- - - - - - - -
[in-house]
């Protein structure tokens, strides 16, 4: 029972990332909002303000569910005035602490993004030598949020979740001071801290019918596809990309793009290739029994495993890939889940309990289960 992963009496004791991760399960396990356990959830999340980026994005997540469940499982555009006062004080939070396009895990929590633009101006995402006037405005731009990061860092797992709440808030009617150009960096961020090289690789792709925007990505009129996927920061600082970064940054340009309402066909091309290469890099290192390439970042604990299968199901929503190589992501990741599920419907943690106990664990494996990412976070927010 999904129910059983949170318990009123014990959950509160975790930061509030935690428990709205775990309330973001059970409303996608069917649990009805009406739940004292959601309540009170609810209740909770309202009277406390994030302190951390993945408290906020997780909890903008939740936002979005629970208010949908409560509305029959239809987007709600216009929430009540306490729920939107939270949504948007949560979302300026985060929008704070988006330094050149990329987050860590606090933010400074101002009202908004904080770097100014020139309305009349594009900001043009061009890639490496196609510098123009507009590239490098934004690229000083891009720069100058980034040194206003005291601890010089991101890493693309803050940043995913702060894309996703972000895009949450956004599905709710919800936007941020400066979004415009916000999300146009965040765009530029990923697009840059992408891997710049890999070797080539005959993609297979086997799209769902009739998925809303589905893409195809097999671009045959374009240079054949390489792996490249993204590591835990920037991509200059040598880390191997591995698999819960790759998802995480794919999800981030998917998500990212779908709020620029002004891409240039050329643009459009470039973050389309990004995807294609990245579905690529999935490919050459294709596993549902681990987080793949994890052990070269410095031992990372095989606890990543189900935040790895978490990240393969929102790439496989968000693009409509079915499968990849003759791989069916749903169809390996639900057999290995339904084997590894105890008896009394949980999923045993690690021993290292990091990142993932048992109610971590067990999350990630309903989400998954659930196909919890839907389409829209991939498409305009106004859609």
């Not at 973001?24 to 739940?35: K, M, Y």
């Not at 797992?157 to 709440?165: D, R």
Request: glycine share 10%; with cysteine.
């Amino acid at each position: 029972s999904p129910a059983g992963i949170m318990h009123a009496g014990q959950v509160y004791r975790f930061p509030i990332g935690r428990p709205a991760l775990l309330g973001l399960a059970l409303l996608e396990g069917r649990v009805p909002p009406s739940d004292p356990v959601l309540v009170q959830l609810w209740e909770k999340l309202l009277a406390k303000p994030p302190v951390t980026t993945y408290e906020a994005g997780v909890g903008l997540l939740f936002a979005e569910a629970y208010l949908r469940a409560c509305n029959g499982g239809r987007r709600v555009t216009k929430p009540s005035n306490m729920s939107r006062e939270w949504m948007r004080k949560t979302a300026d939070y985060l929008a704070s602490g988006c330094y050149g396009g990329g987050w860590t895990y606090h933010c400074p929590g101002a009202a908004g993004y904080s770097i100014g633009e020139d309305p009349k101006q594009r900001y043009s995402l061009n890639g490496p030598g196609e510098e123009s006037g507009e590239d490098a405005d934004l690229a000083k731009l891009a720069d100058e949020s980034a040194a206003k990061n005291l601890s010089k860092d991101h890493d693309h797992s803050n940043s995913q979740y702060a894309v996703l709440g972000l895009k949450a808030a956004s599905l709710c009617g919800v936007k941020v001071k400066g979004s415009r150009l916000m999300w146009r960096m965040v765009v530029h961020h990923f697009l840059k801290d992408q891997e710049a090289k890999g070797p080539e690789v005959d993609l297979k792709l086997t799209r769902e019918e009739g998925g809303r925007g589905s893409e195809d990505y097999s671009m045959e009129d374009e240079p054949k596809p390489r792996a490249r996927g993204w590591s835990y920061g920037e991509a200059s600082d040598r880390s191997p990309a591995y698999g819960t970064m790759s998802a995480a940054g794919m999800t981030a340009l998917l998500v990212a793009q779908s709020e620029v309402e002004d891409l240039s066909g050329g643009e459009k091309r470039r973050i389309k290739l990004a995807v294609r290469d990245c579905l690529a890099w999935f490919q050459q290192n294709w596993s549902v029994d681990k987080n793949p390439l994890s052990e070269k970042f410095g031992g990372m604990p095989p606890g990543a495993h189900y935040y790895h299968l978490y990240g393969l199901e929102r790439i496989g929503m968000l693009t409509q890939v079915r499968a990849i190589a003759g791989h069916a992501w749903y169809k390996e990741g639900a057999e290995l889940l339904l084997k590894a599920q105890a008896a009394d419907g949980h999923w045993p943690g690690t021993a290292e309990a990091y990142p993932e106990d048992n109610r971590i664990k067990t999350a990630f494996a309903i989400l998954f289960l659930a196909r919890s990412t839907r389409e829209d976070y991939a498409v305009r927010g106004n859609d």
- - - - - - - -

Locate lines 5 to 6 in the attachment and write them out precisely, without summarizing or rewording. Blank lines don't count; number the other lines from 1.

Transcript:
Request: glycine share 10%; with cysteine.
């Amino acid at each position: 029972s999904p129910a059983g992963i949170m318990h009123a009496g014990q959950v509160y004791r975790f930061p509030i990332g935690r428990p709205a991760l775990l309330g973001l399960a059970l409303l996608e396990g069917r649990v009805p909002p009406s739940d004292p356990v959601l309540v009170q959830l609810w209740e909770k999340l309202l009277a406390k303000p994030p302190v951390t980026t993945y408290e906020a994005g997780v909890g903008l997540l939740f936002a979005e569910a629970y208010l949908r469940a409560c509305n029959g499982g239809r987007r709600v555009t216009k929430p009540s005035n306490m729920s939107r006062e939270w949504m948007r004080k949560t979302a300026d939070y985060l929008a704070s602490g988006c330094y050149g396009g990329g987050w860590t895990y606090h933010c400074p929590g101002a009202a908004g993004y904080s770097i100014g633009e020139d309305p009349k101006q594009r900001y043009s995402l061009n890639g490496p030598g196609e510098e123009s006037g507009e590239d490098a405005d934004l690229a000083k731009l891009a720069d100058e949020s980034a040194a206003k990061n005291l601890s010089k860092d991101h890493d693309h797992s803050n940043s995913q979740y702060a894309v996703l709440g972000l895009k949450a808030a956004s599905l709710c009617g919800v936007k941020v001071k400066g979004s415009r150009l916000m999300w146009r960096m965040v765009v530029h961020h990923f697009l840059k801290d992408q891997e710049a090289k890999g070797p080539e690789v005959d993609l297979k792709l086997t799209r769902e019918e009739g998925g809303r925007g589905s893409e195809d990505y097999s671009m045959e009129d374009e240079p054949k596809p390489r792996a490249r996927g993204w590591s835990y920061g920037e991509a200059s600082d040598r880390s191997p990309a591995y698999g819960t970064m790759s998802a995480a940054g794919m999800t981030a340009l998917l998500v990212a793009q779908s709020e620029v309402e002004d891409l240039s066909g050329g643009e459009k091309r470039r973050i389309k290739l990004a995807v294609r290469d990245c579905l690529a890099w999935f490919q050459q290192n294709w596993s549902v029994d681990k987080n793949p390439l994890s052990e070269k970042f410095g031992g990372m604990p095989p606890g990543a495993h189900y935040y790895h299968l978490y990240g393969l199901e929102r790439i496989g929503m968000l693009t409509q890939v079915r499968a990849i190589a003759g791989h069916a992501w749903y169809k390996e990741g639900a057999e290995l889940l339904l084997k590894a599920q105890a008896a009394d419907g949980h999923w045993p943690g690690t021993a290292e309990a990091y990142p993932e106990d048992n109610r971590i664990k067990t999350a990630f494996a309903i989400l998954f289960l659930a196909r919890s990412t839907r389409e829209d976070y991939a498409v305009r927010g106004n859609d």